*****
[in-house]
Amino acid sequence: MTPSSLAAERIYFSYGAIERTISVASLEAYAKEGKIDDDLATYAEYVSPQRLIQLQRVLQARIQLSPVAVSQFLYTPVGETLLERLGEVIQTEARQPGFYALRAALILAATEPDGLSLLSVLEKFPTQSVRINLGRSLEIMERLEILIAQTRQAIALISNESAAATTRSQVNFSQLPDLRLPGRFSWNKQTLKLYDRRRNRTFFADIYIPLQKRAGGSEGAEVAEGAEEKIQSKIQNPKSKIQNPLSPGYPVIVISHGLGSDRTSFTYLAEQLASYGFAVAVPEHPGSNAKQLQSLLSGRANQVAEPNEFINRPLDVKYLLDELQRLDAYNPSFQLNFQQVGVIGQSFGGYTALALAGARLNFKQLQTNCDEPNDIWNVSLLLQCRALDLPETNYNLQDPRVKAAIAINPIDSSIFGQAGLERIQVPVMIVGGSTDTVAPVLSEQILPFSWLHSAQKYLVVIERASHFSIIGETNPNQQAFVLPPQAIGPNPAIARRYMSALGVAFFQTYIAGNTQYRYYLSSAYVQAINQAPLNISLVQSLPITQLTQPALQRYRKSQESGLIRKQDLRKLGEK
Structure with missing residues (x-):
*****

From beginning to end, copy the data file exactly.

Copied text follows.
[in-house]
Amino acid sequence: MTPSSLAAERIYFSYGAIERTISVASLEAYAKEGKIDDDLATYAEYVSPQRLIQLQRVLQARIQLSPVAVSQFLYTPVGETLLERLGEVIQTEARQPGFYALRAALILAATEPDGLSLLSVLEKFPTQSVRINLGRSLEIMERLEILIAQTRQAIALISNESAAATTRSQVNFSQLPDLRLPGRFSWNKQTLKLYDRRRNRTFFADIYIPLQKRAGGSEGAEVAEGAEEKIQSKIQNPKSKIQNPLSPGYPVIVISHGLGSDRTSFTYLAEQLASYGFAVAVPEHPGSNAKQLQSLLSGRANQVAEPNEFINRPLDVKYLLDELQRLDAYNPSFQLNFQQVGVIGQSFGGYTALALAGARLNFKQLQTNCDEPNDIWNVSLLLQCRALDLPETNYNLQDPRVKAAIAINPIDSSIFGQAGLERIQVPVMIVGGSTDTVAPVLSEQILPFSWLHSAQKYLVVIERASHFSIIGETNPNQQAFVLPPQAIGPNPAIARRYMSALGVAFFQTYIAGNTQYRYYLSSAYVQAINQAPLNISLVQSLPITQLTQPALQRYRKSQESGLIRKQDLRKLGEK
Structure with missing residues (x-):